ST. PAUL, Minn. (AP) — A no-new-taxes philosophy guided Tim Pawlenty’s budget approach as Minnesota governor. Accounting tricks, a well-timed infusion of stimulus money from Washington and word games kept the Republican mostly on that course.
The newly minted presidential candidate hopes Republican primary voters will see him as an economic pro accustomed to dealing with red ink and capable of confronting the nation’s colossal fiscal problems.
“Minnesota’s big-government legacy presented me with the same type of problems Barack Obama found in the nation’s capital,” Pawlenty said this week of the Democratic president he hopes to unseat. “But my approach — and my results — were very different from his.”
He planned to press the theme Wednesday in a Washington speech at the libertarian Cato Institute, an appearance that’s part of a weeklong series of events timed around his announcement this week of a presidential candidacy.
On the campaign trail, the Republican eagerly highlights his tall pile of tax-increase vetoes. And he boasts of enduring a partial government shutdown as well as a workers’ strike to contain costs.
But his record also carries vulnerabilities for foes to exploit.
There’s the carefully crafted “health impact fee” on cigarettes. It’s a euphemism for a tax increase in the eyes of some allies and most opponents.
Minnesota lurched from one deficit to another under his eight-year tenure. The state’s books technically balanced when he left office in January, but by then a mammoth deficit was forecast for the first budget his successor would need to craft.
Pawlenty distances himself from that projected $5 billion shortfall, but it’s partly attributable to temporary fixes he either proposed or consented to. Schools are owed more than $1.4 billion in state IOUs, one-time stimulus dollars used to prop up ongoing state expenses are drying up and short-lived spending curbs Pawlenty first enacted using his executive powers are expiring.
His defenders, such as former Republican House Speaker Steve Sviggum, say Pawlenty had to work within the confines of a politically split state government and wanted to be more aggressive than Democrats in the Legislature would permit.
“It took some patchwork, no doubt,” Sviggum said. “But the fact is, we were able to meet the constitutional charge of balancing the budget without raising taxes.”
Taxes did rise in the Pawlenty era, although his fingerprints aren’t on them.
His veto of a gas tax increase was overridden and voters raised the sales tax through a ballot measure. Property taxes shot up in the Pawlenty years, mostly those enacted by city, county or school governments as they coped with stagnant or falling state aid. The year he entered the governor’s office, Minnesota land owners paid about $5.1 billion in property taxes; the total take topped $8 billion when he departed.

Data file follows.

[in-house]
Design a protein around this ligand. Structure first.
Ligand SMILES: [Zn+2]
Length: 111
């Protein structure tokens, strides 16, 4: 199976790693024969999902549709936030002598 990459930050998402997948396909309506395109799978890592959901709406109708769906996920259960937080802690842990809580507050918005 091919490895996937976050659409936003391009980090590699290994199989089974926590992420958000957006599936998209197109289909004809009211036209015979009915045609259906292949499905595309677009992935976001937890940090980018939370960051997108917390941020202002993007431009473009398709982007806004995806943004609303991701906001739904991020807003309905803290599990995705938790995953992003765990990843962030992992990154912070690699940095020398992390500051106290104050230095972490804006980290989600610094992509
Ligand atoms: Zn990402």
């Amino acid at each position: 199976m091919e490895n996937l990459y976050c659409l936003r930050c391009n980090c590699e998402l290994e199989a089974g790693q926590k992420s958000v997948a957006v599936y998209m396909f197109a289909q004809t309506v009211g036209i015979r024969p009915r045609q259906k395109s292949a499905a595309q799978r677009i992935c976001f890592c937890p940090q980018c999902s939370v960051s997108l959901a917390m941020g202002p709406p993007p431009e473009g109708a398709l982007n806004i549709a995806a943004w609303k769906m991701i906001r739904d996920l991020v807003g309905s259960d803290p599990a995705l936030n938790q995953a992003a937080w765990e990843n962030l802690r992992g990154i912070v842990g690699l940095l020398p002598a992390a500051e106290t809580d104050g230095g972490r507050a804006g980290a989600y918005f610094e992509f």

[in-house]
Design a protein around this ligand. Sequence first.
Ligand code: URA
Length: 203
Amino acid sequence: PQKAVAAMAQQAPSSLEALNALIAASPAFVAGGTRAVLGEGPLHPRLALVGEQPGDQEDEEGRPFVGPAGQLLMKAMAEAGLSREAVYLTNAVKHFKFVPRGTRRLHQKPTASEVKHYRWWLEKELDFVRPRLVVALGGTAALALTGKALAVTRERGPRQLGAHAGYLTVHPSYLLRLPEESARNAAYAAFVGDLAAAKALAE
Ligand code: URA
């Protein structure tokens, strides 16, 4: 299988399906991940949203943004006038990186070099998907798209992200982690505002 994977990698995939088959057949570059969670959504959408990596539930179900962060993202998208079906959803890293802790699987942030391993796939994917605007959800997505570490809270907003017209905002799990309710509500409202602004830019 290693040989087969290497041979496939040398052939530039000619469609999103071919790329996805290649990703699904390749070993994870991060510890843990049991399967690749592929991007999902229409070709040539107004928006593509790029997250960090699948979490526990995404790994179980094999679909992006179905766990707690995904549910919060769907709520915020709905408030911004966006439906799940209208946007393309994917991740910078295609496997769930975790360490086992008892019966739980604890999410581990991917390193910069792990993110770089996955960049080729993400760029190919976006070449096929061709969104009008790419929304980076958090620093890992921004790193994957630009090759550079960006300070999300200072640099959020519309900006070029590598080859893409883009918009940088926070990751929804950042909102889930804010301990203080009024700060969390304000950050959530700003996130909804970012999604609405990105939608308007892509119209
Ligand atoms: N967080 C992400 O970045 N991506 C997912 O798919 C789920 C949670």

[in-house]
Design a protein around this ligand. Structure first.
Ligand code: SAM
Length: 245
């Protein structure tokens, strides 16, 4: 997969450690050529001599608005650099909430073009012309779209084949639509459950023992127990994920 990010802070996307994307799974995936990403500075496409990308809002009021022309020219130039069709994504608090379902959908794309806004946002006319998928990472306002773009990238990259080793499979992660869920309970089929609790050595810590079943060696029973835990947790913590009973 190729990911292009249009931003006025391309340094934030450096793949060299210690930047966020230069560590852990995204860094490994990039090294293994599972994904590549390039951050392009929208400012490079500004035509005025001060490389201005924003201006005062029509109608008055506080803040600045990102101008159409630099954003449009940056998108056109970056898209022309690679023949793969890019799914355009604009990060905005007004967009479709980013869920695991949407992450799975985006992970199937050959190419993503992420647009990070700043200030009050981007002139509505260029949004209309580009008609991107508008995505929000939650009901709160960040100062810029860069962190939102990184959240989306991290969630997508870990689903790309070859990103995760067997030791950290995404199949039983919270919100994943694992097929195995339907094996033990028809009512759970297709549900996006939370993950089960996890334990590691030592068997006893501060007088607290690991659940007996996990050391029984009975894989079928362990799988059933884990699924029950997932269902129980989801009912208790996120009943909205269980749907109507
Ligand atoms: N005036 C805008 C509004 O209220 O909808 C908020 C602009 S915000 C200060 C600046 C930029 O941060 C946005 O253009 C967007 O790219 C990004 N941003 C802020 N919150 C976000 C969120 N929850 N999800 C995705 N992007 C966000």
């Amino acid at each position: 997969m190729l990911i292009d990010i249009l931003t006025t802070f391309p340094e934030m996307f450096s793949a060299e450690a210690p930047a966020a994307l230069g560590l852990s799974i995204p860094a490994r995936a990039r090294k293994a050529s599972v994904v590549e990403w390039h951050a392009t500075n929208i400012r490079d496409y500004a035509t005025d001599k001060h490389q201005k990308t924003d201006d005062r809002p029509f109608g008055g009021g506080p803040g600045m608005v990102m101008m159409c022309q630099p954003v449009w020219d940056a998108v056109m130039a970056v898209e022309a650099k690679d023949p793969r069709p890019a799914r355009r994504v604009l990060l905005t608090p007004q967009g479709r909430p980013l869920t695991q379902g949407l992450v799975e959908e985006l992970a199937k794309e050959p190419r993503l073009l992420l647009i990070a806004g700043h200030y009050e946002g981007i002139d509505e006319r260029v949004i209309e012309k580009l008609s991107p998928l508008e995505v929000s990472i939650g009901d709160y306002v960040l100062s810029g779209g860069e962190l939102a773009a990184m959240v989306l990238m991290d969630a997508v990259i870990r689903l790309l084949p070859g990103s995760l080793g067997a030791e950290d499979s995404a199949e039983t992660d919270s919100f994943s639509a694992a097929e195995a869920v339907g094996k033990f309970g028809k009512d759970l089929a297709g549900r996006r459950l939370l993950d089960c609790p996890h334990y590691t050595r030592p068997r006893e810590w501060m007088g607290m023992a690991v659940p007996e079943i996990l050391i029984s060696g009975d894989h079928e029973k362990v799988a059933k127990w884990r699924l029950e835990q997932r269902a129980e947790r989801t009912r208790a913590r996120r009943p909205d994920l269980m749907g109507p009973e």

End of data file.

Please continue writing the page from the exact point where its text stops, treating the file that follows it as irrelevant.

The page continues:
“Tim Pawlenty consistently passed the buck — onto local governments, onto the Legislature, onto anyone he could,” said state Rep. Paul Thissen, the top House Democrat. “His budgets were filled with shifts, tricks and gimmicks that created perpetual state deficits and set Minnesota behind the rest of the nation.”
Then there are fees.
The state slapped higher surcharges on everything from speeding tickets to marriage licenses. None was more controversial than the 75 cent-per-pack levy on cigarettes, which helped break the stalemate that pushed Minnesota to a government shutdown in 2005.
Pawlenty insists the cigarette “fee” is directly linked to health costs attributable to smoking, and the state Supreme Court vouched for that terminology when tobacco companies sued to block it.
Anti-tax groups, including the Taxpayers League of Minnesota, regard it as clear blemish on Pawlenty’s record.
“I still call it a tax increase even though the Supreme Court blessed it as a fee, not a tax,” said Phil Krinkie, the league’s president and a former Republican legislative colleague of Pawlenty.
GOP primary voters looking for a Pawlenty scorecard will find a mixed appraisal from conservative groups.
The conservative Club for Growth gave Pawlenty a less-than-flattering review Tuesday, saying his ideological moorings may not be as strong as he’s projecting.
“A President Pawlenty, we suspect, would fight for pro-growth policies, but would be susceptible to adopting `pragmatic’ policies that grow government,” the group concludes in a white paper on him.
But the Cato Institute, which advocates for smaller government, gave Pawlenty one of four “A” grades for governors in its latest rankings. He wasn’t always in the group’s good graces.
Chris Edwards, Cato’s director of tax policy studies, said Pawlenty’s frequent vetoes, ready use of executive budget-cutting powers and advocacy of corporate tax cuts account for his high marks now.
“In the last four or five years, he has followed very much of a small-government approach on fiscal policy,” Edwards said. “Perhaps he knew he was going to run for president.”
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